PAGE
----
Summer Drawing Club week #2

 

Simcha Fisher is hosting a Summer Drawing Club – check out the other participants!

Please excuse the poor picture quality.  I update my blog late at night when the children are mostly sleeping so the lighting is not too good.

I’m pretty sure you’re supposed to fail at this exercise.  Two tries.  Hated it.

voz or foz

voz or foz

 

Copying Picasso’s Stravinsky upside down.  Terrible at it.  Three tries and still couldn’t finish.

new appreciation for modern art

new appreciation for modern art

 

Copying Spiderman upside down.  All those lines!  Ack!!  Two tries.  Gave up.

stupid spidey

stupid spidey

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Pasta, Pope, Paint, Berries and Slaughter

Over dinner tonight my sister and I discussed whether or not we’d be comfortable serving puttanesca to the Pope.  She says she just wouldn’t feel right serving him anchovies.  His loss I say, it was delicious.

And while I lie here fiddling around on the computer she’s making homemade toaster pastries from this book.  Yay breakfast!  Who am I kidding?  Yay midnight snack!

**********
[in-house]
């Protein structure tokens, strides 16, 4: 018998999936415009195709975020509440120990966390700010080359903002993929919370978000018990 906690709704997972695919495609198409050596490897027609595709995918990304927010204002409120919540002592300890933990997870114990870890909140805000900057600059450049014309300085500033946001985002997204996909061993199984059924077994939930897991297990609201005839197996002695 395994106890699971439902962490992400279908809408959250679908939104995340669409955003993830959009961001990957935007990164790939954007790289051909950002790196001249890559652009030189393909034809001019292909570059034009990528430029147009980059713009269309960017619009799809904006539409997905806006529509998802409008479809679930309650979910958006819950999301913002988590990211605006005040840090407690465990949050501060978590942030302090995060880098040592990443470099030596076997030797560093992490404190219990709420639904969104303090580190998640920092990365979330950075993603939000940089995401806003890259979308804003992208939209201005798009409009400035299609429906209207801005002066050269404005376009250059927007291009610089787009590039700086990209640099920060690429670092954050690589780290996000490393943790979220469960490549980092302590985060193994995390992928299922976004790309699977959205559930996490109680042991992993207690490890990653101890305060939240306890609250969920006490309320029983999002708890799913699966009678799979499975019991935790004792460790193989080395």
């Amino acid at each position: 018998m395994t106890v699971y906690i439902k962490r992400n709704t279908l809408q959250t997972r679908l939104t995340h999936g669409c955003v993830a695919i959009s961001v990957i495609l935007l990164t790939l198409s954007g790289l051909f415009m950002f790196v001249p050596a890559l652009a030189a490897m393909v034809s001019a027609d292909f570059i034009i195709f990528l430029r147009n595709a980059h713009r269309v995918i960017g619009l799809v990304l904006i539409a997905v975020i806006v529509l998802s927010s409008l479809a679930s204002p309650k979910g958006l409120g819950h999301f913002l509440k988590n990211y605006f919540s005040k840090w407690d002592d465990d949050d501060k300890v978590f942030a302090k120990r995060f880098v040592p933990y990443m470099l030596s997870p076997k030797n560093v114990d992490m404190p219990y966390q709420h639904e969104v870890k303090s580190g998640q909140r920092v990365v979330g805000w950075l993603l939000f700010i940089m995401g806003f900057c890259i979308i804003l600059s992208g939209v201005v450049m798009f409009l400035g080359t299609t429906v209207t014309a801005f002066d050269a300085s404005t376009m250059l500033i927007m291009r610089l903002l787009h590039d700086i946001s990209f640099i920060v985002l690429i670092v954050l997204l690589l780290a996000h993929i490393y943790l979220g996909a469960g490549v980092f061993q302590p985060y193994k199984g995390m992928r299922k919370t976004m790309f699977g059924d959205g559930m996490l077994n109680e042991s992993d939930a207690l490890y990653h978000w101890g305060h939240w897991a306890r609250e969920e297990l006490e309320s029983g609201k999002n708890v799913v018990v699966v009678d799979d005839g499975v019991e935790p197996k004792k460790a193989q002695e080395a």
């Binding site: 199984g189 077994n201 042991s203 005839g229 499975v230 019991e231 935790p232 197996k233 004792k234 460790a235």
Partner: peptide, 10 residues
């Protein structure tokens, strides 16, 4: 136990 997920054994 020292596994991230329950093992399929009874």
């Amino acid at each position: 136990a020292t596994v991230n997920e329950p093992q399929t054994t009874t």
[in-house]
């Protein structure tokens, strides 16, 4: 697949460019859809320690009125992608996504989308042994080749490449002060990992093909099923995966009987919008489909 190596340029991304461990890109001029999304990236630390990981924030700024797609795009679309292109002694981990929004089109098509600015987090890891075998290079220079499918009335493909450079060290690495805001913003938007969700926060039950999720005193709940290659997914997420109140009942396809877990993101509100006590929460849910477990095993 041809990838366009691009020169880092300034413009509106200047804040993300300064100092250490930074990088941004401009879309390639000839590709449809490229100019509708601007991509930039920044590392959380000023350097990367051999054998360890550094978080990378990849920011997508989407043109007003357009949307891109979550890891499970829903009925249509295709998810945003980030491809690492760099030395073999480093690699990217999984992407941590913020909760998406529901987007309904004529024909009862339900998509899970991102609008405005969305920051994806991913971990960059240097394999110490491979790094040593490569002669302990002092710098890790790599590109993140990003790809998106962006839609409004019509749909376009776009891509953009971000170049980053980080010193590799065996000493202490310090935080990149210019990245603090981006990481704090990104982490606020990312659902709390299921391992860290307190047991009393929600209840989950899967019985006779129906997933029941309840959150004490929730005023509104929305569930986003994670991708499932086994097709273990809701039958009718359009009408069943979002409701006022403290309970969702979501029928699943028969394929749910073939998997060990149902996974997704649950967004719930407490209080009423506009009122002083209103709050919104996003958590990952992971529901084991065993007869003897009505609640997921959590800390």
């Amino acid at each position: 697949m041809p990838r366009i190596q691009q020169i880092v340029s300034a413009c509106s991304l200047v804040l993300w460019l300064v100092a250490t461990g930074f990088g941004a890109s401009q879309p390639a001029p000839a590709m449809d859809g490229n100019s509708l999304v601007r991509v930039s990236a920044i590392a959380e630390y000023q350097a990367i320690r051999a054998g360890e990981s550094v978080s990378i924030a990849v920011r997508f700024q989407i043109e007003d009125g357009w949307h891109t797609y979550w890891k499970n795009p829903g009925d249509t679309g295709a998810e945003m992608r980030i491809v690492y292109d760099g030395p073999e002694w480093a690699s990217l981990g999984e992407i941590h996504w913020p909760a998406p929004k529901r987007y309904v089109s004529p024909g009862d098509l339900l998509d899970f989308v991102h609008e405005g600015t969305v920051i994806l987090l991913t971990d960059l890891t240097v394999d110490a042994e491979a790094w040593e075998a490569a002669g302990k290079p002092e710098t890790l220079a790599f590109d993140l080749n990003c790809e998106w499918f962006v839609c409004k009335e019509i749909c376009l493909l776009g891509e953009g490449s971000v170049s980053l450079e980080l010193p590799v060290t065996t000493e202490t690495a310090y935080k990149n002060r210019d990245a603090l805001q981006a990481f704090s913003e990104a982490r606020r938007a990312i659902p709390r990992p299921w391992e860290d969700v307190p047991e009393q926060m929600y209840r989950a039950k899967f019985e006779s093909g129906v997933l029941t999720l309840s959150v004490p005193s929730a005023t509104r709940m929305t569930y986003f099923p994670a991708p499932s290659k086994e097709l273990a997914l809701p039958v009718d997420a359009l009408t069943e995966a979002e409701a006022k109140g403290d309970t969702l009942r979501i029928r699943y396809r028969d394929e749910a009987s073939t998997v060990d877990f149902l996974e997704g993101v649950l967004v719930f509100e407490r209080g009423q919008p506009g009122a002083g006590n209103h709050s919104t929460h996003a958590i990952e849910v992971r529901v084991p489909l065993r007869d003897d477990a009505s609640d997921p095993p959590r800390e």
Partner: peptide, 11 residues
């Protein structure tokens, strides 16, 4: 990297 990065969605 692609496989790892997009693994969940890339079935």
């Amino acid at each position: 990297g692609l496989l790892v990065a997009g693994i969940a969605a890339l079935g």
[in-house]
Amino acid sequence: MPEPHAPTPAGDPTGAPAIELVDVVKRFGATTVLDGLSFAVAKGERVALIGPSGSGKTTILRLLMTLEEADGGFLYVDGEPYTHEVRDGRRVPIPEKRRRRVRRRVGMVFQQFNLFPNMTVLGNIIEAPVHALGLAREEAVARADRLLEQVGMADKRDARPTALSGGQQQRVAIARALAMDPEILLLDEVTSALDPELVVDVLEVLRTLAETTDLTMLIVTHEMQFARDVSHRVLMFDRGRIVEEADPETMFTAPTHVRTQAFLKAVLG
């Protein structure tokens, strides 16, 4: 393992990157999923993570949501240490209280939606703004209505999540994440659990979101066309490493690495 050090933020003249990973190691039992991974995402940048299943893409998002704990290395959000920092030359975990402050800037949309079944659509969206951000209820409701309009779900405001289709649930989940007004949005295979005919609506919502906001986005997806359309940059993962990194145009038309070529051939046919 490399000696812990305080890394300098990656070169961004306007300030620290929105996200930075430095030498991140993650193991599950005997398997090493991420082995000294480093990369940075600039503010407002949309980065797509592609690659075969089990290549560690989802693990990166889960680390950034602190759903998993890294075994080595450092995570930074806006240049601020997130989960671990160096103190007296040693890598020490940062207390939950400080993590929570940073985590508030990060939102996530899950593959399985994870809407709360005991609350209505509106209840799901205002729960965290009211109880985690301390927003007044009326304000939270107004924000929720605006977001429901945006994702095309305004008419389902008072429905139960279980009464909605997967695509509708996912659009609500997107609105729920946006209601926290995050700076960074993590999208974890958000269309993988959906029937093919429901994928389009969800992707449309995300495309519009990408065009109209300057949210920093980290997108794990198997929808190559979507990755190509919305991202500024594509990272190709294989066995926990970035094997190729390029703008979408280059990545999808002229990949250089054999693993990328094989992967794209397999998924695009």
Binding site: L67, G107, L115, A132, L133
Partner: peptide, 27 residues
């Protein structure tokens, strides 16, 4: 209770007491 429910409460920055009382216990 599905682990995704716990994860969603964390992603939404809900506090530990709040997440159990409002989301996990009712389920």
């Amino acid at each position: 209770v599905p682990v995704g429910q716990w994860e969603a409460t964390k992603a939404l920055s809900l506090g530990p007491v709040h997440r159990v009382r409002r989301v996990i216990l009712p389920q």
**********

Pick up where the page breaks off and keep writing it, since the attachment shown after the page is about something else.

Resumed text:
So all this is to say that because my sister does the cooking fabulously well AND does dishes and because we are on a homeschool half schedule – which just means that we never did finish our math curricula and are using the summer to get them done – I have had time to do a few things around here.

This is how I know my kids are getting older:  after years of only being able to tolerate neutrals because anything else seemed too busy and I needed a place to rest my eyes, I am finally enjoying color again.  I was a little nervous so after I narrowed down my choices with the paint “chips” I bought two quarts and made big squarish swatches on the wall.  To my surprise the darker color won.  It just looked nicer with the white woodwork.  Kind of a big decision.  Anyone who says, “If you don’t like it, just paint over it” has never painted an old house with miles of window frames and door frames and baseboards to cut in around and probably has never had to deal with patching plaster walls.  I work slow, too – just a careful hour or two here and there.  The dining room has been off limits for about a week now and will be for probably a week longer.  My family has been very patient with me.